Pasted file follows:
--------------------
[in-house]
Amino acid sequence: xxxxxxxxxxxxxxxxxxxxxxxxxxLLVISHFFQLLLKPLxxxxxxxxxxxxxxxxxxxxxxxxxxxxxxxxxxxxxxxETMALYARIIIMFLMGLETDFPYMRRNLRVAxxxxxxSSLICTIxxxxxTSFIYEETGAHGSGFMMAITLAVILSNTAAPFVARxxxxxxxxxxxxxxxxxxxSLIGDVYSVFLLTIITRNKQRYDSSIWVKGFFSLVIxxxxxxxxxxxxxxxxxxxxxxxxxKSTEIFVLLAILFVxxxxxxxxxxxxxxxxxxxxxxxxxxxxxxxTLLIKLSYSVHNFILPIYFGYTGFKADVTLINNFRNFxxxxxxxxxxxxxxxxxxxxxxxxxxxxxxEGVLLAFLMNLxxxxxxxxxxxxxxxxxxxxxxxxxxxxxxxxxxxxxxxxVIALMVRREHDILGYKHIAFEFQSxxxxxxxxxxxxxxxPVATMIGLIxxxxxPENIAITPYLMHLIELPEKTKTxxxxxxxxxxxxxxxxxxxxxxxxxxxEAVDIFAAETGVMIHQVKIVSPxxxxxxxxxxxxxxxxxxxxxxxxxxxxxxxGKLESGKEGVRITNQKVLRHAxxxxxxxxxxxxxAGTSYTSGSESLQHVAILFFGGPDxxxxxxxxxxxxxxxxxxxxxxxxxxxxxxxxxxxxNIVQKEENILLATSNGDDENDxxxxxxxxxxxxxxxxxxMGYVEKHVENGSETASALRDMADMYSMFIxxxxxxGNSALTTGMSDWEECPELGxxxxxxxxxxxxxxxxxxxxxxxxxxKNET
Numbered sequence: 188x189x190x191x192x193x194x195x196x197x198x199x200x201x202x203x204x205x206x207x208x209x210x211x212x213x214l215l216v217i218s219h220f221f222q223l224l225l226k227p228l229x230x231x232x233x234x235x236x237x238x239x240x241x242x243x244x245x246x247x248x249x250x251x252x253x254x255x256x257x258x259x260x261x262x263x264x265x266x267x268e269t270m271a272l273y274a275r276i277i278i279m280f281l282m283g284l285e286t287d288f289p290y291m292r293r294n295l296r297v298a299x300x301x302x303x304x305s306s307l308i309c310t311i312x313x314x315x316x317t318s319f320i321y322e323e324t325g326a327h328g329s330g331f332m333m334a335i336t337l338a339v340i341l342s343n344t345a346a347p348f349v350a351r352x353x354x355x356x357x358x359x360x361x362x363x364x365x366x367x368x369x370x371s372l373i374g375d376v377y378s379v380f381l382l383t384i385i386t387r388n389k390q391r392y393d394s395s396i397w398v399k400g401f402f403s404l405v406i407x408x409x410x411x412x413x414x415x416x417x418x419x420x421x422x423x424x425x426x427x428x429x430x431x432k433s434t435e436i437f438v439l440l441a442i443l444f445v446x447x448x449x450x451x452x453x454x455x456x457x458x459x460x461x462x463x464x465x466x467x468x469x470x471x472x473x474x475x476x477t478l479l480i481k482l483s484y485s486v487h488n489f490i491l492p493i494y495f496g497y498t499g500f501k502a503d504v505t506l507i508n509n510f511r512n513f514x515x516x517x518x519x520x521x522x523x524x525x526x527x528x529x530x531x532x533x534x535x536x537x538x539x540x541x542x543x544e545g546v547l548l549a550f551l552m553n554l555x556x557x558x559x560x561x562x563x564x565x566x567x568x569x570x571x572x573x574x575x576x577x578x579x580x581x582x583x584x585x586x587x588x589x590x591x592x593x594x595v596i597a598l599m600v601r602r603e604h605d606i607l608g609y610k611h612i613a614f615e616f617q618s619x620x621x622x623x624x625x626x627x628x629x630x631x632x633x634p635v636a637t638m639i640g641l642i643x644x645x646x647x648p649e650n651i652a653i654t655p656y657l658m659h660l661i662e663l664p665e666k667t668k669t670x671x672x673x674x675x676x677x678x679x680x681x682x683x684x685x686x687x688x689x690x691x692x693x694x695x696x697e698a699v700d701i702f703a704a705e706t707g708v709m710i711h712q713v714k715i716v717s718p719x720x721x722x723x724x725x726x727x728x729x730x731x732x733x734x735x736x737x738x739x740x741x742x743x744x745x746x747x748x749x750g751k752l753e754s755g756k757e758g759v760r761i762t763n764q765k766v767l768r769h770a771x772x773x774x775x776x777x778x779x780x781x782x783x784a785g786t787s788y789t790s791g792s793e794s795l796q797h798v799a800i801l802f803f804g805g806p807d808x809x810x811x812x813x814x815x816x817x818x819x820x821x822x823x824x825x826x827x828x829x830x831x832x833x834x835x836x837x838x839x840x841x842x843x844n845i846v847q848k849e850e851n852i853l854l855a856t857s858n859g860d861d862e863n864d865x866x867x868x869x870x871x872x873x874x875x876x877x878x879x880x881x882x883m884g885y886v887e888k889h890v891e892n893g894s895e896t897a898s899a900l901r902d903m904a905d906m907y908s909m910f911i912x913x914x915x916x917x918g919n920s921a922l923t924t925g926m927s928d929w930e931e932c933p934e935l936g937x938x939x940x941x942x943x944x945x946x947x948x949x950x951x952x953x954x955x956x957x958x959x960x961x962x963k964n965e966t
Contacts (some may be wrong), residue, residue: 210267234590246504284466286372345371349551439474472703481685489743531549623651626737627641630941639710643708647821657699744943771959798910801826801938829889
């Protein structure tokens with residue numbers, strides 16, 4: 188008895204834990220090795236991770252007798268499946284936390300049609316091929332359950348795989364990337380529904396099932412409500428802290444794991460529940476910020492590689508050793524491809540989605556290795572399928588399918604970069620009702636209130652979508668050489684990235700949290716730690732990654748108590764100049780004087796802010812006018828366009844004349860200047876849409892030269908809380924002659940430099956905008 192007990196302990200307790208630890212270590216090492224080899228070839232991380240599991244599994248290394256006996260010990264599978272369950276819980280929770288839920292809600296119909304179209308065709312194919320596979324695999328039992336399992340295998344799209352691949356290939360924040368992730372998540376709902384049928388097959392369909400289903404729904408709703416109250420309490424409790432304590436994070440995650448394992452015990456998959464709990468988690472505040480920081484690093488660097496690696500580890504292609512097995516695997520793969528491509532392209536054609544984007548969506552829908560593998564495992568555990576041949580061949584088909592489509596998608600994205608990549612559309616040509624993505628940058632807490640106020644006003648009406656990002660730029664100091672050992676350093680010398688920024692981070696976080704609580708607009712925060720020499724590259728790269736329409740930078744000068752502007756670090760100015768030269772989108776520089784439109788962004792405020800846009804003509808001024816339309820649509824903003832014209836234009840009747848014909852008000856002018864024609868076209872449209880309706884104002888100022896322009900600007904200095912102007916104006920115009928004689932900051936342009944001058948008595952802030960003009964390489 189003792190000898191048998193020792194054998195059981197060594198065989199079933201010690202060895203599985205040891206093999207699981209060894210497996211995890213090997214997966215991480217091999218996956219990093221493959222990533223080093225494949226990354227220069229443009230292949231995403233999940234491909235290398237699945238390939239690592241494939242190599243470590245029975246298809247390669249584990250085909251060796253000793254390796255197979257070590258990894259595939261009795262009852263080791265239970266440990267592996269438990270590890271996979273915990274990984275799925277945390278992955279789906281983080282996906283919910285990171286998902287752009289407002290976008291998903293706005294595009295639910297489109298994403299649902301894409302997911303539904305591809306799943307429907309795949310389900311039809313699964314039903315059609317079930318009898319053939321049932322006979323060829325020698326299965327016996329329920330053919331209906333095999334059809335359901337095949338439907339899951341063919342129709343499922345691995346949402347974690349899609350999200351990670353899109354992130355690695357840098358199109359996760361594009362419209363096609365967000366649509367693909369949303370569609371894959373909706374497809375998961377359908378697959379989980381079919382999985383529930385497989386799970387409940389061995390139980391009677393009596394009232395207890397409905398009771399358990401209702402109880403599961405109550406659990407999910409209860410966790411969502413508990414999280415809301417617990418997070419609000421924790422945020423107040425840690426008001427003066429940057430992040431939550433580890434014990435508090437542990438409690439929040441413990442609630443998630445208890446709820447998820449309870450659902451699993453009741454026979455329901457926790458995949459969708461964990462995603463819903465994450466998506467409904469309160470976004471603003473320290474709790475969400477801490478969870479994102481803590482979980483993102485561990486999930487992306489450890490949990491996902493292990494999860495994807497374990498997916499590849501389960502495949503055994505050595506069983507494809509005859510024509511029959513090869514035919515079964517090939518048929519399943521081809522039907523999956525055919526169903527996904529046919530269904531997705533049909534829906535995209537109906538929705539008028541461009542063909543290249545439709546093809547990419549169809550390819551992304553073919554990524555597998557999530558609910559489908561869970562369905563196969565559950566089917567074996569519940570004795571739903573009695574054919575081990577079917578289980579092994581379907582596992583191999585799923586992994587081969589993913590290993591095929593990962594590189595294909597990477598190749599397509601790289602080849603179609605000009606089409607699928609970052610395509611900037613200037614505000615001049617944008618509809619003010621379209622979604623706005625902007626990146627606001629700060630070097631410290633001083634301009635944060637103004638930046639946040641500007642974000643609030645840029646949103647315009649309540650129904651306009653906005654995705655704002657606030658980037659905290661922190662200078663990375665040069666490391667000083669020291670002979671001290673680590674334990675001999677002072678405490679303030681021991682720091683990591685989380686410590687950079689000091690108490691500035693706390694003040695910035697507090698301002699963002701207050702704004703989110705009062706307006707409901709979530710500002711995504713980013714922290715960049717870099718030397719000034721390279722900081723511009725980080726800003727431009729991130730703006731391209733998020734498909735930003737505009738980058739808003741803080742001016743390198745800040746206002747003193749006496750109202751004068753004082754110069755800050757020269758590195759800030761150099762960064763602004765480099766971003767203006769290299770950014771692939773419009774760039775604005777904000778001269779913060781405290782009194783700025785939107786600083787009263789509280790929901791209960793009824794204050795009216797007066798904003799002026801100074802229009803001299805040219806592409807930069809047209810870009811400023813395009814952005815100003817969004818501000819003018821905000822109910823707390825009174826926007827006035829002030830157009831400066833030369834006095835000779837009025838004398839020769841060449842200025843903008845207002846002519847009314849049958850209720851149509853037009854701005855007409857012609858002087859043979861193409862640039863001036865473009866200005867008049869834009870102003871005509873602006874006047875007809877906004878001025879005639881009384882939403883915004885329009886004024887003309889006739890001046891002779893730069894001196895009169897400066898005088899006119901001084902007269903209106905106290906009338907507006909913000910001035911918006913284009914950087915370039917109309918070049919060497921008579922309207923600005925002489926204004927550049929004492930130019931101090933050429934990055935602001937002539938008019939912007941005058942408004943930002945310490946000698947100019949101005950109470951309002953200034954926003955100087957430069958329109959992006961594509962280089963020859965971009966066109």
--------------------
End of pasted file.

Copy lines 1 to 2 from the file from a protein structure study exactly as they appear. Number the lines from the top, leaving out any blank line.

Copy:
[in-house]
Amino acid sequence: xxxxxxxxxxxxxxxxxxxxxxxxxxLLVISHFFQLLLKPLxxxxxxxxxxxxxxxxxxxxxxxxxxxxxxxxxxxxxxxETMALYARIIIMFLMGLETDFPYMRRNLRVAxxxxxxSSLICTIxxxxxTSFIYEETGAHGSGFMMAITLAVILSNTAAPFVARxxxxxxxxxxxxxxxxxxxSLIGDVYSVFLLTIITRNKQRYDSSIWVKGFFSLVIxxxxxxxxxxxxxxxxxxxxxxxxxKSTEIFVLLAILFVxxxxxxxxxxxxxxxxxxxxxxxxxxxxxxxTLLIKLSYSVHNFILPIYFGYTGFKADVTLINNFRNFxxxxxxxxxxxxxxxxxxxxxxxxxxxxxxEGVLLAFLMNLxxxxxxxxxxxxxxxxxxxxxxxxxxxxxxxxxxxxxxxxVIALMVRREHDILGYKHIAFEFQSxxxxxxxxxxxxxxxPVATMIGLIxxxxxPENIAITPYLMHLIELPEKTKTxxxxxxxxxxxxxxxxxxxxxxxxxxxEAVDIFAAETGVMIHQVKIVSPxxxxxxxxxxxxxxxxxxxxxxxxxxxxxxxGKLESGKEGVRITNQKVLRHAxxxxxxxxxxxxxAGTSYTSGSESLQHVAILFFGGPDxxxxxxxxxxxxxxxxxxxxxxxxxxxxxxxxxxxxNIVQKEENILLATSNGDDENDxxxxxxxxxxxxxxxxxxMGYVEKHVENGSETASALRDMADMYSMFIxxxxxxGNSALTTGMSDWEECPELGxxxxxxxxxxxxxxxxxxxxxxxxxxKNET